Bill Heustis- SMWIA
Margaret Heustis is what a, Christian, wife, mother, grandmother, great grandmother, ethical hunter and dedicated sportsperson should be. She is also tougher than a Dodge truck.
It was Wednesday afternoon and my wife of 48 years, Margo, and hunting companion for even longer and I were on our way to Baggs, Wyoming to hunt antelope. Margo had not drawn Wyoming antelope tags, but never misses an opportunity to get into the field. The travel trailer was loaded, the weather was great and both Margo and I were looking forward to a very enjoyable few days in one of our favorite areas. To make it even better our youngest son Todd, two grandsons and a couple of their friends were going to join us on the following Saturday.
We found the spot where we wanted to set up the travel trailer got situated. We were in the same general area that we had hunted for the past several years but this morning we decided to look at some new territory, a little further south than we had previously hunted. We jumped a small group of antelope and I decided to make a short stalk, Margo said that she would wait at the truck, I told her I just wanted to pop up over the ridge and see if I could spot the group of antelope and if so, we might be able to get a little closer. The antelope were just ahead of me on a hillside so I decided to see if I could get into a position for a shot.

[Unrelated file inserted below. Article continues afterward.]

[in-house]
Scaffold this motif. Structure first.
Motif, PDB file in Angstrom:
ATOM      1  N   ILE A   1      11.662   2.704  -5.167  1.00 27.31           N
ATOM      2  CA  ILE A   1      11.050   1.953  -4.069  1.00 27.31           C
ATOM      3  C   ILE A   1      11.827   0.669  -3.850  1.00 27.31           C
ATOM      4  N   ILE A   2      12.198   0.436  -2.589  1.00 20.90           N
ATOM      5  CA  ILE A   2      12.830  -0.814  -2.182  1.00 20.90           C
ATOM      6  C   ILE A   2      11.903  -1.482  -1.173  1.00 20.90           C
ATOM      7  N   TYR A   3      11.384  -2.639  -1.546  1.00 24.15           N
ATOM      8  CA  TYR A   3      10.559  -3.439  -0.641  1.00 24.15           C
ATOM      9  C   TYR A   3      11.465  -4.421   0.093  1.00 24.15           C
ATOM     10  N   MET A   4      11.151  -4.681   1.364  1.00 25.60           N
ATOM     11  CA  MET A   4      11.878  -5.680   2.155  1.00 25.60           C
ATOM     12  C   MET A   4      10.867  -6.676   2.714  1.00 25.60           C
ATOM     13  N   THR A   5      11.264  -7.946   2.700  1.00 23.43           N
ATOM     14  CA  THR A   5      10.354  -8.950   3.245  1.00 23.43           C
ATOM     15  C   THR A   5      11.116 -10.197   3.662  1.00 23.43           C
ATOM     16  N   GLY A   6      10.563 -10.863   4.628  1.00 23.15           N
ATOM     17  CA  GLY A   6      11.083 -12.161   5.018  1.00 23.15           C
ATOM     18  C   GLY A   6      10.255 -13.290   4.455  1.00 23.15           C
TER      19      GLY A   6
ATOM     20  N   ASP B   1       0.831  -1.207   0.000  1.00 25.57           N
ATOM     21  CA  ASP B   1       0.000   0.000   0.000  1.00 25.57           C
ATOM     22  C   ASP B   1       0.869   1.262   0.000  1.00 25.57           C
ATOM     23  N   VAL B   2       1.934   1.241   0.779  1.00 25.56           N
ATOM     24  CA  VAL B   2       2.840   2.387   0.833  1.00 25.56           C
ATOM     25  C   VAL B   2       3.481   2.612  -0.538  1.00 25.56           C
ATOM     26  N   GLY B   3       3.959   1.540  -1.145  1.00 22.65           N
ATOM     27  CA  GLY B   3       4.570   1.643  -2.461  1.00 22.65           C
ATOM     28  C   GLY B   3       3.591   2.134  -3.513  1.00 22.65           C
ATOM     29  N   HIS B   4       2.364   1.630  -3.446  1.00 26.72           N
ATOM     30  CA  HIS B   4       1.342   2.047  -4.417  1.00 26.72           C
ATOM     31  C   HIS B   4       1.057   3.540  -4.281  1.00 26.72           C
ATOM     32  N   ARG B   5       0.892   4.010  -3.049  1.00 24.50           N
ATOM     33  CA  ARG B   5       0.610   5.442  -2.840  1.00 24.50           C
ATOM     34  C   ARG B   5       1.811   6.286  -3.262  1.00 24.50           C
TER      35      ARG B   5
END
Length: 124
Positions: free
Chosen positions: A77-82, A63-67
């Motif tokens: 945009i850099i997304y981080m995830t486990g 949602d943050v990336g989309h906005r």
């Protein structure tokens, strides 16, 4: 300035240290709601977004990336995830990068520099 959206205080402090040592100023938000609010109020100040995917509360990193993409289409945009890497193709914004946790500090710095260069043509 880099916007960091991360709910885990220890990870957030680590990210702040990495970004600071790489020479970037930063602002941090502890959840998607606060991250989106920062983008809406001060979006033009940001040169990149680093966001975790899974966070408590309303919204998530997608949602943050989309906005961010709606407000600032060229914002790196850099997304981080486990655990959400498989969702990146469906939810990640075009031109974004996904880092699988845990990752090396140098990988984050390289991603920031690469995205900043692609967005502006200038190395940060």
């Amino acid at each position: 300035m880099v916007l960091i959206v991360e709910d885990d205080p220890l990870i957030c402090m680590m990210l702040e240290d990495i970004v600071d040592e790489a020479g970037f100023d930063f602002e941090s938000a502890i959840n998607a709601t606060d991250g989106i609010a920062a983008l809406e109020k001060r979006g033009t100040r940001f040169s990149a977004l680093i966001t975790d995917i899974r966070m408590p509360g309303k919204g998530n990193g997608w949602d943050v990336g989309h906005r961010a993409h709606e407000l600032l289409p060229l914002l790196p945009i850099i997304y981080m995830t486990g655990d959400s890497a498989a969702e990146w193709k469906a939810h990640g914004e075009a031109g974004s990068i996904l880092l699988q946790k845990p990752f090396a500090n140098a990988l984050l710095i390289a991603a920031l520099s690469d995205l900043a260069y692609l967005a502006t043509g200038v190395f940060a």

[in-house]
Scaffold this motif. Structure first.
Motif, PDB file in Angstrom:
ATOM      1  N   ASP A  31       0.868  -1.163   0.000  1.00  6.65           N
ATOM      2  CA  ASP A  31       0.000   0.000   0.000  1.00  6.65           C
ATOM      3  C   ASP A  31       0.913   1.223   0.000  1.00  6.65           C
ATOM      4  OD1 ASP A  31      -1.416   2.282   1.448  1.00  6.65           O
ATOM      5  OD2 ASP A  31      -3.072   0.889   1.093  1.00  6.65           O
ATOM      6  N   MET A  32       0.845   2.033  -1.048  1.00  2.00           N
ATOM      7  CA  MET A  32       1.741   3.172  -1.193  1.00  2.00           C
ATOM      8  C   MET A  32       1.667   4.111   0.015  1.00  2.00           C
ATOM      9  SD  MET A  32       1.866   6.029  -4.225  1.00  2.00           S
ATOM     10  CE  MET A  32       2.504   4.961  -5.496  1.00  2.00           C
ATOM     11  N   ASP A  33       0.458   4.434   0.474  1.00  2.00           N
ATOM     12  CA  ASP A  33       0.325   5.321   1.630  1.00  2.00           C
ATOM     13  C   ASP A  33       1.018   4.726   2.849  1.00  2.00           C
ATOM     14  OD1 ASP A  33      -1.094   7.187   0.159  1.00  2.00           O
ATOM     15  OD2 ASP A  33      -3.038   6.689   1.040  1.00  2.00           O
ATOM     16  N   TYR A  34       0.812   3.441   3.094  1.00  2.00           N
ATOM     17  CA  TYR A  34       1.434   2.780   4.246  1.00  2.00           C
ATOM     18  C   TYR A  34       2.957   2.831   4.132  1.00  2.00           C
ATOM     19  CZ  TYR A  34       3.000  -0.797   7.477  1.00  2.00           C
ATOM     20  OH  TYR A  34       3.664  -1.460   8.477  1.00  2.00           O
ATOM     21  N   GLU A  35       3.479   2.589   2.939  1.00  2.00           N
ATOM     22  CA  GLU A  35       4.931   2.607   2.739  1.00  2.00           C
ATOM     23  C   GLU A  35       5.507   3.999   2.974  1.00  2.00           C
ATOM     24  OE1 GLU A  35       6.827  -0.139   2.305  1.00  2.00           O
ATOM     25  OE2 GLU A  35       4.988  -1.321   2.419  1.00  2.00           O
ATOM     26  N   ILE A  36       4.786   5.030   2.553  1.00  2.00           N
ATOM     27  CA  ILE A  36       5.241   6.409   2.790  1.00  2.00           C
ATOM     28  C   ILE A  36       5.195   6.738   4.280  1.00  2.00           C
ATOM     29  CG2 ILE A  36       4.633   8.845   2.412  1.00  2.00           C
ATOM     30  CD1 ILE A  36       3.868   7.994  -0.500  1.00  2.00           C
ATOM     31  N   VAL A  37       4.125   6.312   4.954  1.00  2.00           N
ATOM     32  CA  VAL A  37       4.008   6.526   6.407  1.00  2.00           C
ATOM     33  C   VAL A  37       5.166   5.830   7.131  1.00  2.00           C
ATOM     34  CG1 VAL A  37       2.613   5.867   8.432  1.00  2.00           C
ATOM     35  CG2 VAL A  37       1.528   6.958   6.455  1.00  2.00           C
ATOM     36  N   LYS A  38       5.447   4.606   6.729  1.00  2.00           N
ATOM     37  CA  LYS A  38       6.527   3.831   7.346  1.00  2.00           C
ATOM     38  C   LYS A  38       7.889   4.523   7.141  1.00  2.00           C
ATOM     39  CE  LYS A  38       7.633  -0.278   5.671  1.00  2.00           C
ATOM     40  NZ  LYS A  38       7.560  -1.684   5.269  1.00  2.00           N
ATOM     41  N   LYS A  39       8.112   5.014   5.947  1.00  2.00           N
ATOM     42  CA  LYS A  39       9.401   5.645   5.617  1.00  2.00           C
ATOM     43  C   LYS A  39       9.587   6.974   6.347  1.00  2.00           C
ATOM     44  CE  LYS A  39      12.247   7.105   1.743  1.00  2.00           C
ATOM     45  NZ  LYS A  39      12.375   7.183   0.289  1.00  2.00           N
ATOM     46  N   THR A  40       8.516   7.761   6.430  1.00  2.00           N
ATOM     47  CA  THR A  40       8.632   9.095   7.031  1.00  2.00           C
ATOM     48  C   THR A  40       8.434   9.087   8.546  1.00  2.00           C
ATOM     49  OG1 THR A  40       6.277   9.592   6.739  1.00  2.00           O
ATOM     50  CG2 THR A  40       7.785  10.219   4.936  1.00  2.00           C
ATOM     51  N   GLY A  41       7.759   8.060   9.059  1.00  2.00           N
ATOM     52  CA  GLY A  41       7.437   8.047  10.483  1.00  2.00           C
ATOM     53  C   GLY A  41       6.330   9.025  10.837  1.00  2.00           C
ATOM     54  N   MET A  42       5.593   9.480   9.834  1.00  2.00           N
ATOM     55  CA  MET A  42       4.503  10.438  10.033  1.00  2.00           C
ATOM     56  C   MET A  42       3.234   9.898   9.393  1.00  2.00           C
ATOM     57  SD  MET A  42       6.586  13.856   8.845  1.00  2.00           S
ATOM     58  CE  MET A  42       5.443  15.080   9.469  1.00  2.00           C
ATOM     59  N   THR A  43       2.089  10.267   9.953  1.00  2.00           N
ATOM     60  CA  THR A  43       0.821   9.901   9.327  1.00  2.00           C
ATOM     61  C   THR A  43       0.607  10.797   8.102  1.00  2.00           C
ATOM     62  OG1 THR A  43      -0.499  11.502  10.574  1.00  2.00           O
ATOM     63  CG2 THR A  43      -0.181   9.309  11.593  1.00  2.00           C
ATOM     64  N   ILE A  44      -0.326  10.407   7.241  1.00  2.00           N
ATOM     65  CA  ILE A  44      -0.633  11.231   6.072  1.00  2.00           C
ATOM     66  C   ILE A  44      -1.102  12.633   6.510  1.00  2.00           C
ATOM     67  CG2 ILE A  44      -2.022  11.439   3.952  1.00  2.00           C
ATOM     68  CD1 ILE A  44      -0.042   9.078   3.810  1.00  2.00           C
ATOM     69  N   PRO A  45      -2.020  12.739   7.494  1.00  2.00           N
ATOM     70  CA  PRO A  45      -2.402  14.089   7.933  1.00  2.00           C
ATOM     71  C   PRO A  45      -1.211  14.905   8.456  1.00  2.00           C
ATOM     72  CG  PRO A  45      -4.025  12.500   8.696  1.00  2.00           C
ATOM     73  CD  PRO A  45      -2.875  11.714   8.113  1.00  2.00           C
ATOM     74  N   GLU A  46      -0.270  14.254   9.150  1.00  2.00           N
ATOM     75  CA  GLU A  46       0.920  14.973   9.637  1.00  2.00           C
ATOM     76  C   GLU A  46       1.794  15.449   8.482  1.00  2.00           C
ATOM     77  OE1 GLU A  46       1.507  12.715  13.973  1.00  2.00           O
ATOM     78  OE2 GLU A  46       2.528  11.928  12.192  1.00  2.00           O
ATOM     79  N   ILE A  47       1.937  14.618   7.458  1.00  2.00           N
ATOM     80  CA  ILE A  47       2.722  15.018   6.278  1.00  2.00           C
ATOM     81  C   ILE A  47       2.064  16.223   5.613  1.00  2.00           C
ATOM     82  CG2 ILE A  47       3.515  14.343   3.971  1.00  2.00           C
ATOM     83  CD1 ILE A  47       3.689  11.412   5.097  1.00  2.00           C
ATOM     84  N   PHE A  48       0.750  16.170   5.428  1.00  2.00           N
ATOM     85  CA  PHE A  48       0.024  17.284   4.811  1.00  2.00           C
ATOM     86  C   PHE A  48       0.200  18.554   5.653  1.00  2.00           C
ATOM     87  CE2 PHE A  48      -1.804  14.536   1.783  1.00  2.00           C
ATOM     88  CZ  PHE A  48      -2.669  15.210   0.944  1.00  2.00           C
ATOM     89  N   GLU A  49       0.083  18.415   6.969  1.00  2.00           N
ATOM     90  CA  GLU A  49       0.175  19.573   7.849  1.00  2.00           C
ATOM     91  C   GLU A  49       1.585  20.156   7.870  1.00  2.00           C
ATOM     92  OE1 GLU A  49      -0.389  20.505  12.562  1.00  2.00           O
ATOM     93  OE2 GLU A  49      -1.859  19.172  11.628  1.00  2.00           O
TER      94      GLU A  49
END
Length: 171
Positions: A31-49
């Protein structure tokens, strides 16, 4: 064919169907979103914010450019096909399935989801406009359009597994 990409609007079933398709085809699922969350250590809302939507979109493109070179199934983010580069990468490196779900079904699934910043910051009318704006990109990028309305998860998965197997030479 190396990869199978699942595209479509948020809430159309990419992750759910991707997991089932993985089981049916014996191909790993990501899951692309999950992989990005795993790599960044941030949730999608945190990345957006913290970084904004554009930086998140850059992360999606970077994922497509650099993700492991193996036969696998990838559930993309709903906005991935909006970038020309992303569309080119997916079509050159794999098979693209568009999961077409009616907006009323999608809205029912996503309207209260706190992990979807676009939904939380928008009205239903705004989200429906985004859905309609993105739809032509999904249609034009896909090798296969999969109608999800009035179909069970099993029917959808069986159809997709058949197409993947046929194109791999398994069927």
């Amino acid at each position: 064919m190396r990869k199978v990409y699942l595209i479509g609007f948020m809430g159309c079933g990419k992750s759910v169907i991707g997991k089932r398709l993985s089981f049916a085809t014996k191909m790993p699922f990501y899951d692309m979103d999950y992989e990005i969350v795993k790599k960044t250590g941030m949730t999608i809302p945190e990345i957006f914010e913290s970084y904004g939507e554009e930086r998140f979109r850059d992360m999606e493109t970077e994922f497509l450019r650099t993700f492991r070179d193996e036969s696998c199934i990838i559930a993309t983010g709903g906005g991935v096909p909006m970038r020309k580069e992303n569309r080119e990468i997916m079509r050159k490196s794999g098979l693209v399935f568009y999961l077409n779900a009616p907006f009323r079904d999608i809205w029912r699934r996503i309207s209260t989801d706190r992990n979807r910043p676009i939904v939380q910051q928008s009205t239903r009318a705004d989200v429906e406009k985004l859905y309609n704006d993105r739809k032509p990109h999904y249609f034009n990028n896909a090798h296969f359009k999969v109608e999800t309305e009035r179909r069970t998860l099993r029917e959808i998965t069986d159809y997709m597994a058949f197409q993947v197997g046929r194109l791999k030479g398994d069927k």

To make a long story short, I did get within range, picked out the antelope I wanted and with one shot from a Browning .30-06, the antelope dropped in its tracks. I walked over to dress, skin and quarter it out, I was almost done quartering the antelope when my cell phone rang. It was Margo and she wanted to know where I was. I told her about the antelope and if she wanted to bring the truck up the two-track on the ridge top, she could see me on the hillside off to her left.
Margo came up the ridge, pulled the truck off to the side, shut it off, left it in low gear and got out to walk down the hill to where I was working on the antelope. Shortly after that I heard her yell “look out!” I looked up, and to my horror, the truck was rolling down the hill and headed straight for her. I barely had time to shout “get out of the way” before the truck hit her.